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Open Access Correspondence

The Queensland experience of participation in a national drug use evaluation project, Community-acquired pneumonia – towards improving outcomes nationally (CAPTION)

Lisa K Pulver1*, Susan E Tett2 and Judith Coombes13

Author Affiliations

1 School of Pharmacy, Steele Building, University of Queensland, Queensland, Australia

2 Faculty of Health Sciences, University of Queensland, Edith Cavell Building, Royal Brisbane and Women's Hospital, Herston, Queensland, Australia

3 Pharmacy Department, Princess Alexandra Hospital, Ipswich Rd, Woolloongabba, Queensland, Australia

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BMC Pulmonary Medicine 2009, 9:38  doi:10.1186/1471-2466-9-38

Published: 3 August 2009



Multicentre drug use evaluations are described in the literature infrequently and usually publish only the results. The purpose of this paper is to describe the experience of Queensland hospitals participating in the Community-Acquired Pneumonia Towards Improving Outcomes Nationally (CAPTION) project, specifically evaluating the implementation of this project, detailing benefits and drawbacks of involvement in a national drug use evaluation program.


Emergency departments from nine hospitals in Queensland, Australia, participated in CAPTION, a national quality improvement project, conducted in 37 Australian hospitals. CAPTION was aimed at optimising prescribing in the management of Community-Acquired Pneumonia according to the recommendations of the Australian Therapeutic Guidelines: Antibiotic 12th edition. The project involved data collection, and evaluation, feedback of results and a suite of targeted educational interventions including audit and feedback, group presentations and academic detailing.

A baseline audit and two drug use evaluation cycles were conducted during the 2-year project. The implementation of the project was evaluated using feedback forms after each phase of the project (audit or intervention). At completion a group meeting with the hospital coordinators identified positive and negative elements of the project.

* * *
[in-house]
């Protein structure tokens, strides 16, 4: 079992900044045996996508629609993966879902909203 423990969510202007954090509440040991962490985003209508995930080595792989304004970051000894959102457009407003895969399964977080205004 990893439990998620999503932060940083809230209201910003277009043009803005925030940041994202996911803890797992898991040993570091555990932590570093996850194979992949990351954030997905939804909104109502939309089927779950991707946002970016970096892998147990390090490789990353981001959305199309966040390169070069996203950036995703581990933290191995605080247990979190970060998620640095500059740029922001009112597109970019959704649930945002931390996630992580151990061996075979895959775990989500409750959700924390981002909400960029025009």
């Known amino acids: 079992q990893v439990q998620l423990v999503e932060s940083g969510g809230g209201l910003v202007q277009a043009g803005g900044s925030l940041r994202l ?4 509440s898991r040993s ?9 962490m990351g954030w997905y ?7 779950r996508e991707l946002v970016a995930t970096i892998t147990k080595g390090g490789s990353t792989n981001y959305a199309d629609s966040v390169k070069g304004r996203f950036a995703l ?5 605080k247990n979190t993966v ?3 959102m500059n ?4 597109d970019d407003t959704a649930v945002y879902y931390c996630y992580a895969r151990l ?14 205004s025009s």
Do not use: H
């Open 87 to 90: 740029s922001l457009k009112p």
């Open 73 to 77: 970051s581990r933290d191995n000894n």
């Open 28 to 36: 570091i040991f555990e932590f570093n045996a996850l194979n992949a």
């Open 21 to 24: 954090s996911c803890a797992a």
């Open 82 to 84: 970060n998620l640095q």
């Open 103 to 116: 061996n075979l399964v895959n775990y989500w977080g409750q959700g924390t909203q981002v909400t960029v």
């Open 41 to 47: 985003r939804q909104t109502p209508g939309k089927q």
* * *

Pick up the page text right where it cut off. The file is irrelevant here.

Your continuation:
Evaluation by hospitals of their participation in CAPTION demonstrated both benefits and drawbacks. The benefits were grouped into the impact on the hospital dynamic such as; improved interdisciplinary working relationships (e.g. between pharmacist and doctor), recognition of the educational/academic role of the pharmacist, creation of ED Pharmacist positions and enhanced involvement with the National Prescribing Service, and personal benefits. Personal benefits included academic detailing training for participants, improved communication skills and opportunities to present at conferences. The principal drawback of participation was the extra burden on already busy staff members.


A national multicentre drug use evaluation project such as CAPTION allows hospitals which would otherwise not undertake such projects the opportunity to participate. The Queensland arm of CAPTION demonstrated benefits to both the individual participants and their hospitals, highlighting the additional value of participating in a multicentre project of this type.